Tag Archives: italian cooking recipes

Vegan Pesto Brings Everyone Together

Aren’t the best recipes spur of the moment? And better still when they’re fast, easy and crowd-pleasing…

It’s a challenge cooking meals for vegan and omnivores, those with dietary restrictions, and tastebuds that are less than adventurous–especially when it comes to trying “healthy” plant-based foods. And you can forgeddabout raw foods.

With dinnertime fast approaching, I took inventory of what we had in the house:

  • Fragrance of fresh basil, a gift from a friend’s garden, was calling to be used every time the refrigerator was opened
  • A large head of cauliflower crowded the drawer
  • A container of baby spinach leaves would be a shame not to use it while fresh, too

I decided to make a basil spinach pesto with cauliflower–withholding the miso or nutritional yeast I usually include–to allow my mother and aunt to add grated cheese at the table. I would opt for parmesan sprinkles–a blend of sesame seeds and nutritional yeast–inspired by Jo Stepaniak’s “Ultimate Uncheese Cookbook”.

Rather than sauteing cauliflower separately, I added it with the pasta water (though boiling is not optimal for nutrition), and the consistency was just right after 7-8 minutes. At least, it saves time, and pots to clean.

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Grilled Vegan PizzaZ!

Although you wouldn’t know it from the dictionary, there are millions of things to cook on the barbeque besides meat, chicken, and fish.  And I don’t just mean fresh vegetables, although lovingly barbequed vegetables can be a gourmet meal unto themselves.

A gas grill may not have the same charm as charcoal or wood barbeques, but there’s still something magical about cooking and eating outdoors, especially at night under a starry sky. No complaints about easy clean up, afterward, too.

So, with a let up in the rainy season, and a fresh tank of gas in the grill, I decided it was time to grill my first pizza.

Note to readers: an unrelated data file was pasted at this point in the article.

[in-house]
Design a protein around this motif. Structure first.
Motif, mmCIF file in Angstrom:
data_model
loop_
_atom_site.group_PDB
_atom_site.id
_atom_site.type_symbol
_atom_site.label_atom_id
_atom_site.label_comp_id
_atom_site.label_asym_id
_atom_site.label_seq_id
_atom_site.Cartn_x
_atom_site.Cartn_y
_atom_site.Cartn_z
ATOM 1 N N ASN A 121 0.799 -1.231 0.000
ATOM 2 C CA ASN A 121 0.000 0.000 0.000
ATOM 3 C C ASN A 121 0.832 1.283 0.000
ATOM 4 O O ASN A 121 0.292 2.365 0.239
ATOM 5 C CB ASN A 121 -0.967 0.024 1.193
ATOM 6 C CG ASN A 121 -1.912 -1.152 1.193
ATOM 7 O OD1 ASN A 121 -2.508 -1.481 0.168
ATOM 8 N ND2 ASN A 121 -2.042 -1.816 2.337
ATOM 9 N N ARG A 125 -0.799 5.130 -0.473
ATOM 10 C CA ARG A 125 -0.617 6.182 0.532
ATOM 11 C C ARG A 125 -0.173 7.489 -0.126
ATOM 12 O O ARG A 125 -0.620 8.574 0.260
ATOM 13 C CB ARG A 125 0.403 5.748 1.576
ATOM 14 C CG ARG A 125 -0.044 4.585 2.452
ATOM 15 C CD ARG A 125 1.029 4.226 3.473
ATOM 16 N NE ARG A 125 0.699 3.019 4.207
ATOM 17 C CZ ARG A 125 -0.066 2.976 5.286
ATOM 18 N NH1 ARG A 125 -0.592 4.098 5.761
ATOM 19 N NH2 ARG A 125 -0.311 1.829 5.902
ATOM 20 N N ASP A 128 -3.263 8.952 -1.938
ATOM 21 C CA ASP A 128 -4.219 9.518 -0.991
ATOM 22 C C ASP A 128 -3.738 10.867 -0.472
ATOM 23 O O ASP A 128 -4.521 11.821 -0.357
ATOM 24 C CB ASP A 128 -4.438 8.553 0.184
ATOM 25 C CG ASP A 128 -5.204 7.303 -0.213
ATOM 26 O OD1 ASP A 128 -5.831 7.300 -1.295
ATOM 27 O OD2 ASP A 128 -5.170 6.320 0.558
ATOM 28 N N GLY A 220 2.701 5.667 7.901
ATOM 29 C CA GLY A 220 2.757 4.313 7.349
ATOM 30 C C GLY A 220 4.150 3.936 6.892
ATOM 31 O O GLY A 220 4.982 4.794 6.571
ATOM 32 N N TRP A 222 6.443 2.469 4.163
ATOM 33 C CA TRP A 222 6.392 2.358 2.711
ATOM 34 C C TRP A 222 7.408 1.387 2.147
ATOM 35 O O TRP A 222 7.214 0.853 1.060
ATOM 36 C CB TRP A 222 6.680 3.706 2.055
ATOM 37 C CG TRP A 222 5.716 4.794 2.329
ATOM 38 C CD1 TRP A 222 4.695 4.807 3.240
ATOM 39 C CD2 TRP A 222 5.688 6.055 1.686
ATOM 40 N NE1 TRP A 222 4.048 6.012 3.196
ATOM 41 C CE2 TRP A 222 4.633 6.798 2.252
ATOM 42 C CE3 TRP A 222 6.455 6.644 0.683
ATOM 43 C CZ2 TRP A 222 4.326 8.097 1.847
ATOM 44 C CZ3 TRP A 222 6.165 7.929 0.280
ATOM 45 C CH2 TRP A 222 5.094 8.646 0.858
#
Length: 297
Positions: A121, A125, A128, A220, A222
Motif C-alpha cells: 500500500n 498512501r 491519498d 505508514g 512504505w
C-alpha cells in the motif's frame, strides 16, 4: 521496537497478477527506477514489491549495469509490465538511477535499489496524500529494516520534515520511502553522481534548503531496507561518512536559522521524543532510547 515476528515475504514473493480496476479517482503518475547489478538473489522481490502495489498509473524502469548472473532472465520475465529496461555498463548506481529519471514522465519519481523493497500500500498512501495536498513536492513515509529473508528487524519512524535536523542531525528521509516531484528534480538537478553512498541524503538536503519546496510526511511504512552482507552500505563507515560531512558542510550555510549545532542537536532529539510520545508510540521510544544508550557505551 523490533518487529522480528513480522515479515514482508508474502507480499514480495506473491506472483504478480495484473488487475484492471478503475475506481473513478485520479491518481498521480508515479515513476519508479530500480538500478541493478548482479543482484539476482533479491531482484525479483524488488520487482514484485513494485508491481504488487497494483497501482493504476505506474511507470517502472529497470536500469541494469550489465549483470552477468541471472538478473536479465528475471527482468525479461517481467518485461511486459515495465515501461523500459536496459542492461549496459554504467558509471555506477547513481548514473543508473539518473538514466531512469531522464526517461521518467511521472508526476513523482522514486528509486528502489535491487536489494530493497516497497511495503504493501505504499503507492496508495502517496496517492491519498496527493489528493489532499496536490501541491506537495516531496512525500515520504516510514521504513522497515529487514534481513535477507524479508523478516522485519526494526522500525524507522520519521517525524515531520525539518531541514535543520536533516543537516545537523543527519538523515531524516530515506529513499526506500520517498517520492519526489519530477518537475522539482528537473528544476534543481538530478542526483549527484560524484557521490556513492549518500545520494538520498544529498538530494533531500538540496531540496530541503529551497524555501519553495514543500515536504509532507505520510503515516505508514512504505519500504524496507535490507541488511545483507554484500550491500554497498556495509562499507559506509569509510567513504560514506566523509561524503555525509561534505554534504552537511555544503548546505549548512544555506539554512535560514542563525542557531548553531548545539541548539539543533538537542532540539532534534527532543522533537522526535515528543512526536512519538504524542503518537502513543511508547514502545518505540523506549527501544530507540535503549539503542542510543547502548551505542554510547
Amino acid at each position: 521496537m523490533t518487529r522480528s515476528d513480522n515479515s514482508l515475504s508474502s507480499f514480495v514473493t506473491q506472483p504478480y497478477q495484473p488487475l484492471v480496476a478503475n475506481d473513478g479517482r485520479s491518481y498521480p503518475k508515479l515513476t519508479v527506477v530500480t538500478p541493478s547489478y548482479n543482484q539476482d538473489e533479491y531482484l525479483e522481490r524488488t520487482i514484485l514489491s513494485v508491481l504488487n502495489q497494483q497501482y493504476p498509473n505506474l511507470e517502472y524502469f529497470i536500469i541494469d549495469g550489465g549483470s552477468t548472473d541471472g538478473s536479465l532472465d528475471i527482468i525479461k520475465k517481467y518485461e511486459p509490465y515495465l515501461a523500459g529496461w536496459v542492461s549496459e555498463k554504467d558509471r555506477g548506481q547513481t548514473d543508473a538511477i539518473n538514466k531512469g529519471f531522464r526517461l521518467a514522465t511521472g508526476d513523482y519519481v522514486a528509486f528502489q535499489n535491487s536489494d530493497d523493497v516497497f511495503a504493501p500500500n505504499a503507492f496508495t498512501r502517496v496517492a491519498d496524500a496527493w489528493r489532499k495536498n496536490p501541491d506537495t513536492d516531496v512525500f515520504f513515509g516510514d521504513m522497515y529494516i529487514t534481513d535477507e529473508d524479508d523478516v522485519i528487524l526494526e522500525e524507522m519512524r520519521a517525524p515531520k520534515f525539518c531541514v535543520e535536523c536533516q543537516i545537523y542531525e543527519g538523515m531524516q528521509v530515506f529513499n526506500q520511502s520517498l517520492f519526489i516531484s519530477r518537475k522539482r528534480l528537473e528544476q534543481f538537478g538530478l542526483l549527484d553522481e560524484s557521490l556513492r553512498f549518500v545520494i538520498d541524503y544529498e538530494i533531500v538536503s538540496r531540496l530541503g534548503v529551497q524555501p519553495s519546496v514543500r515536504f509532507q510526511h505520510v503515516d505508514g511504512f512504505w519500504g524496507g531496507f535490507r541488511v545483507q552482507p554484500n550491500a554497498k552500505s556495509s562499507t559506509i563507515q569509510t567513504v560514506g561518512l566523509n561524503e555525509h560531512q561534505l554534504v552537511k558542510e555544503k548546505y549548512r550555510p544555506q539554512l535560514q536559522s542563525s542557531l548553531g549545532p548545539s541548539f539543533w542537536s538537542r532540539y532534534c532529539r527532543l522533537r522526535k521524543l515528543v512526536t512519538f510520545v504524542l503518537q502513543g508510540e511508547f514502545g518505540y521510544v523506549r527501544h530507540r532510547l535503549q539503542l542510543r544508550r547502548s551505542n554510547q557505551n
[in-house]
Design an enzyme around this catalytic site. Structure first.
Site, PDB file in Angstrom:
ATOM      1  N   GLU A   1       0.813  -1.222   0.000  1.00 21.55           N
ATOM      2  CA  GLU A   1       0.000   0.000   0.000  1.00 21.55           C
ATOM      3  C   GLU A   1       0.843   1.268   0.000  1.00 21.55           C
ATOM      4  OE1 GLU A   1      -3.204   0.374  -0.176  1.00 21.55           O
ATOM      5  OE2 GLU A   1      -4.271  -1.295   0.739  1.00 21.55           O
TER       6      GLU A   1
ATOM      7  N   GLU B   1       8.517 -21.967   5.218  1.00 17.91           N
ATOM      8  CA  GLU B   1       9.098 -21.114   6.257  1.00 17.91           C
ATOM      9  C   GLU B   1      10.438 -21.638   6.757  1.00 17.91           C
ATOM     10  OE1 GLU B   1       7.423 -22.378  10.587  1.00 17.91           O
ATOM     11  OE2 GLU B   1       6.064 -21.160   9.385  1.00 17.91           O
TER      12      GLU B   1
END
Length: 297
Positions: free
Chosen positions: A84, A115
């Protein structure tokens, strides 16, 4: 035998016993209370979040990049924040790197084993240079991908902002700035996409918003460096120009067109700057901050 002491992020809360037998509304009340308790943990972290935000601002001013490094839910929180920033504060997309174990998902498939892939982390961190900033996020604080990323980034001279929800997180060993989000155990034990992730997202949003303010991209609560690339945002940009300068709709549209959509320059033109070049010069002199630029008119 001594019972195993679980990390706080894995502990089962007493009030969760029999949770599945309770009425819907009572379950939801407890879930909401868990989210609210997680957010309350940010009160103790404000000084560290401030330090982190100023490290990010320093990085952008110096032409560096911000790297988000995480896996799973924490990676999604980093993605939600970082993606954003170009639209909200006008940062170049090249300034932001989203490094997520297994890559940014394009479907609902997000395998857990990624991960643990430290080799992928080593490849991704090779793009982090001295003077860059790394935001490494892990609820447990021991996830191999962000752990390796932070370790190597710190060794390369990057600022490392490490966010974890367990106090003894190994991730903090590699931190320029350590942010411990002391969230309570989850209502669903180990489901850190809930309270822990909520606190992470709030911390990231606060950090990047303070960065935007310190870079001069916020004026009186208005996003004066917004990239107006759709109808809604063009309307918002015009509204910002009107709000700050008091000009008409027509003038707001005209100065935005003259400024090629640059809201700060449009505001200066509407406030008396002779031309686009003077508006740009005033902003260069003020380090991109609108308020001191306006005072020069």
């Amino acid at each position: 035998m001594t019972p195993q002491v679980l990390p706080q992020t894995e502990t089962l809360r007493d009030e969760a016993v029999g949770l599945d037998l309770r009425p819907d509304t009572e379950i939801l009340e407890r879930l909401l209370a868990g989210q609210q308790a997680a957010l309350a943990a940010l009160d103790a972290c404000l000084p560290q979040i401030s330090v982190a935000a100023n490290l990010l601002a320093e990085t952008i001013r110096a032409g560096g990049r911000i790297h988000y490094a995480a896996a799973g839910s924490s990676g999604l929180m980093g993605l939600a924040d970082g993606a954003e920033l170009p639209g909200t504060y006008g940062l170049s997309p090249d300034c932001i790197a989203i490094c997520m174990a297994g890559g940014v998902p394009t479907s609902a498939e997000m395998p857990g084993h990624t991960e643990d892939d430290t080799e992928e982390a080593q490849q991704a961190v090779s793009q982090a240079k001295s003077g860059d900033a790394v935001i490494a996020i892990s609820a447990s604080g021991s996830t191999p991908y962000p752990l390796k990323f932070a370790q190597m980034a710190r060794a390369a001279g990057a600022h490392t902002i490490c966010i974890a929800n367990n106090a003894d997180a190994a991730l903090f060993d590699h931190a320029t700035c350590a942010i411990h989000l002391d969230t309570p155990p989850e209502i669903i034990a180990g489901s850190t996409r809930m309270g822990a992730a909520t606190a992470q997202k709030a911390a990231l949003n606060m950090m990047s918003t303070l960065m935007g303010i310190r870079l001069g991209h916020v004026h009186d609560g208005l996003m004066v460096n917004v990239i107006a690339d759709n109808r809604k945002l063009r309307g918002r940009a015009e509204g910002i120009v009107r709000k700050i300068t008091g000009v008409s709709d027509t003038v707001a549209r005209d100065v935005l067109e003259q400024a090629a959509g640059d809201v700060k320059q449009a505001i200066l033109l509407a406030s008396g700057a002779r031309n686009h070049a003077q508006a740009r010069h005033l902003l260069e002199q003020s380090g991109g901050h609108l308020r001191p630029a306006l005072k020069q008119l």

I just threw my pizza stones on the gas grill, and turned it to the highest heat for about a half-hour. While waiting, I rolled out the dough and cut up all the veggie toppings, sun-dried tomatoes, olives, capers, bell peppers, as well as grated cheddar and mozzarella-style Teese.

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Ciambotta Pasta

I was about to make our favorite pasta puttanesca the other night when it occurred to me that capers and olives aren’t exactly what you call fresh vegetables. I found string beans and celery in the refrigerator, made a quick trip to the store for bell peppers, eggplant, and zucchini. And–in no time–my quicky puttanesca pasta had morphed into ciambotta (Italian vegetable stew) pasta.

Many people use potatoes as starch in their ciambotta recipe, but I prefer mine over pasta, and I found a perfect match waiting in the pantry: whole wheat organic chioccole (large curvy tube pasta with ridges). Next, an online search proved I’m certainly not the first one to use capers and olives in their ciambotta.  OK, I’m not original, but there’s safety in numbers!

As great as this dish was the first time, the following day I mixed the leftovers with Teese mozzarella (photo) and baked in a casserole pan for  a bubbly-crispy and totally comforting late winter lunch. Continue reading

Vegan Scallopini With Artichokes